Since your research shows that uncoupled models might be better at predicting than coupled models, I was wondering how you can address these types of SST biases in reality? It makes sense that using actual SST, over model predicted SST, would yield more accurate results, yet I can also see many situations where actual SST may not be available in certain places/time periods. Are there other ways that we can help correct for these biases in the data without specific space-time SST data?

    I also liked how you touched upon some of the ramifications of NAM with climate change, and how it may be weakening. What types of impacts might less rainfall have on people in this area (for example, might areas no longer be suitable for food crops, increase in major storm events, etc.)?

    • Hi Bianca,

      Great question! SST data only starts from 1979 when satellite data begins, so we are limited to the 40 or so years of information to inform out climate models.

      Still, I haven’t gone into climate modeling as a field yet. I just use the results of the model to study stuff. So, I have absolutely no idea how to really fix these SST biases. To answer that question, I might have to study the parameters fed into the climate models or the underlying code, which I am very unqualified to do.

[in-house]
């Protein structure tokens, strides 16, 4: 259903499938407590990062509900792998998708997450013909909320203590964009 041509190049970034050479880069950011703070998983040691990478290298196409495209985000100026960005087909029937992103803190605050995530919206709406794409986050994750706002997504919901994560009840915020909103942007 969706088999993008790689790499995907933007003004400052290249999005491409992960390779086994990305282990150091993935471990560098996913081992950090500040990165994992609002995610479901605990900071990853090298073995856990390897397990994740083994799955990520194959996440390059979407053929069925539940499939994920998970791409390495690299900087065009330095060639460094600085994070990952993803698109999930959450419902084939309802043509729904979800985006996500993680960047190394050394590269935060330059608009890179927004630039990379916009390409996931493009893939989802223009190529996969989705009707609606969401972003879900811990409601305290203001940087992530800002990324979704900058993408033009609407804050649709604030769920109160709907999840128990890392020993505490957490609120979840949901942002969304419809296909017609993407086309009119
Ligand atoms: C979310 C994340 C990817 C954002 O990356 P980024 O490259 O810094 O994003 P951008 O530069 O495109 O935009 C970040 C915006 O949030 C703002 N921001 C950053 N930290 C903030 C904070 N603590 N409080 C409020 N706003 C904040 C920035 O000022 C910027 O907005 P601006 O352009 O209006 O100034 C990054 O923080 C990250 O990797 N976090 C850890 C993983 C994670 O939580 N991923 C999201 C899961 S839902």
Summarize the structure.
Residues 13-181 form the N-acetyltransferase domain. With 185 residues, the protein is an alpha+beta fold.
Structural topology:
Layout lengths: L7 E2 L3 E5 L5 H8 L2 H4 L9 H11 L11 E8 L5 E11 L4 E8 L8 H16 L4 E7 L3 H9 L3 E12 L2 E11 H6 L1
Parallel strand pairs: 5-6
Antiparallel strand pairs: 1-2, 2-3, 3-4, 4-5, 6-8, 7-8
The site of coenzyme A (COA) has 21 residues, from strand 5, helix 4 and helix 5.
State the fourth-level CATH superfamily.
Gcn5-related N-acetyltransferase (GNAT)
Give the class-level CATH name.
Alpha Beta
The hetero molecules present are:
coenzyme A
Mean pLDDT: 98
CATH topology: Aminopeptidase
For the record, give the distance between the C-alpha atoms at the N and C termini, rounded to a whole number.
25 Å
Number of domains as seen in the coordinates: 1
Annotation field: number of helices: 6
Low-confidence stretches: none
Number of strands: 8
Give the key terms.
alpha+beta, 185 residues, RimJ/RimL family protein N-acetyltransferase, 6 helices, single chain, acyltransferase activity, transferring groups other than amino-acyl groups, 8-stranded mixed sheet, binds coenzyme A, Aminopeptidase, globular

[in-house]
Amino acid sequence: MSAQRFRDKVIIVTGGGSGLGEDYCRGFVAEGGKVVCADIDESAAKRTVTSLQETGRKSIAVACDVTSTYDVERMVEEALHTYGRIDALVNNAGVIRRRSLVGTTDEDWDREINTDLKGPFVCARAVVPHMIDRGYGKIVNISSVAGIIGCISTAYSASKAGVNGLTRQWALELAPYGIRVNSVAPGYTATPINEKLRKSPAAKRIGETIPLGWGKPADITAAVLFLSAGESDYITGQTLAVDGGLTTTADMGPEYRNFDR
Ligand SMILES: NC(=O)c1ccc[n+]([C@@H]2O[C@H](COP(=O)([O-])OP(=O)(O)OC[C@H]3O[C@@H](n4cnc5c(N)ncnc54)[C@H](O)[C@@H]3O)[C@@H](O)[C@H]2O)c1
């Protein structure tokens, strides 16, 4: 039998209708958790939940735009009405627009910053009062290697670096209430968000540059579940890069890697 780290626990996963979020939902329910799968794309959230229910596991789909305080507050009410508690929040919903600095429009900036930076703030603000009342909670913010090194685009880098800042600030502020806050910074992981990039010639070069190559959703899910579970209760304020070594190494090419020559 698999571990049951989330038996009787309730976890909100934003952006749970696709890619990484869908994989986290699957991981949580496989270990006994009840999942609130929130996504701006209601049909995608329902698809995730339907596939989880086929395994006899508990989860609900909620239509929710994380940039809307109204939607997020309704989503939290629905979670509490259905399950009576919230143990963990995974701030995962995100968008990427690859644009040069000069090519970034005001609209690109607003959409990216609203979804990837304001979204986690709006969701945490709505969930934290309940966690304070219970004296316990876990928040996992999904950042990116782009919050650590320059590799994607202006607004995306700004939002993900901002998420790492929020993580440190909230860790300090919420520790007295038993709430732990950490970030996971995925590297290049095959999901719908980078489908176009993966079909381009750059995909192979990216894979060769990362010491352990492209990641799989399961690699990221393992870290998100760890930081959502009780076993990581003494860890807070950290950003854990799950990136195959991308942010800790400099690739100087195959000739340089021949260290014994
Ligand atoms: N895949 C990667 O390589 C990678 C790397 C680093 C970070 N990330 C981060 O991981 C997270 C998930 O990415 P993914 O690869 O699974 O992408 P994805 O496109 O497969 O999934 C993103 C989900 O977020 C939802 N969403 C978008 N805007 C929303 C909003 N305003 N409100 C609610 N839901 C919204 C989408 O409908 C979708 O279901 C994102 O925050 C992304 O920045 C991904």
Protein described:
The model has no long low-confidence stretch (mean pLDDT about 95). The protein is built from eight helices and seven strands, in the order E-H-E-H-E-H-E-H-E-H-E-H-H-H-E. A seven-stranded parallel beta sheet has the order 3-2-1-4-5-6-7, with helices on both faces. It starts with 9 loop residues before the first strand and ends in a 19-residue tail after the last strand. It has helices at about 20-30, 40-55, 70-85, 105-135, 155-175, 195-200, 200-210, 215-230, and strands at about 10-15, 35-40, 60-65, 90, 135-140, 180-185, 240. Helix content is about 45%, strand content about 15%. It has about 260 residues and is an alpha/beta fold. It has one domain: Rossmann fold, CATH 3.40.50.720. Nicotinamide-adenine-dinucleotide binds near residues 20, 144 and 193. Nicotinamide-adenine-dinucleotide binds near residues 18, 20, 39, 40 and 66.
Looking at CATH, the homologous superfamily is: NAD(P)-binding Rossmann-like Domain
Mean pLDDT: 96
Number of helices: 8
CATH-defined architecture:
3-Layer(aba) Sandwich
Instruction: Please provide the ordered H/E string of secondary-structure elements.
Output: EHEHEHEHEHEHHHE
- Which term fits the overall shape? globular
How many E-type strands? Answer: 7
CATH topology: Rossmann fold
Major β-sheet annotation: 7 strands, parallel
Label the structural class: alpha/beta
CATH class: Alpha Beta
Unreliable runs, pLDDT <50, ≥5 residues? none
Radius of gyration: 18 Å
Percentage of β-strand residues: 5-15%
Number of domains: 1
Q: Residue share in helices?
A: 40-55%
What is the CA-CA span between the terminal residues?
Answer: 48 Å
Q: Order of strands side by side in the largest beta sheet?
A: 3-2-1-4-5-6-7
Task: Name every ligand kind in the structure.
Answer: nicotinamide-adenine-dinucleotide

As for the weakening NAM, I can only say for sure that, from the literature and from my research, the precipitation would be decreasing due to global warming. My coupled models says that rainfall in western Mexico will decrease by 10%; my uncoupled models says 25%. This means less water supply for crops and other usage, which would have bad ramifications for political and economic stability for the nation. But, these are results for year 2070-2100. So, engineers and policymakers still have time to respond.


    • Hi Shridhar,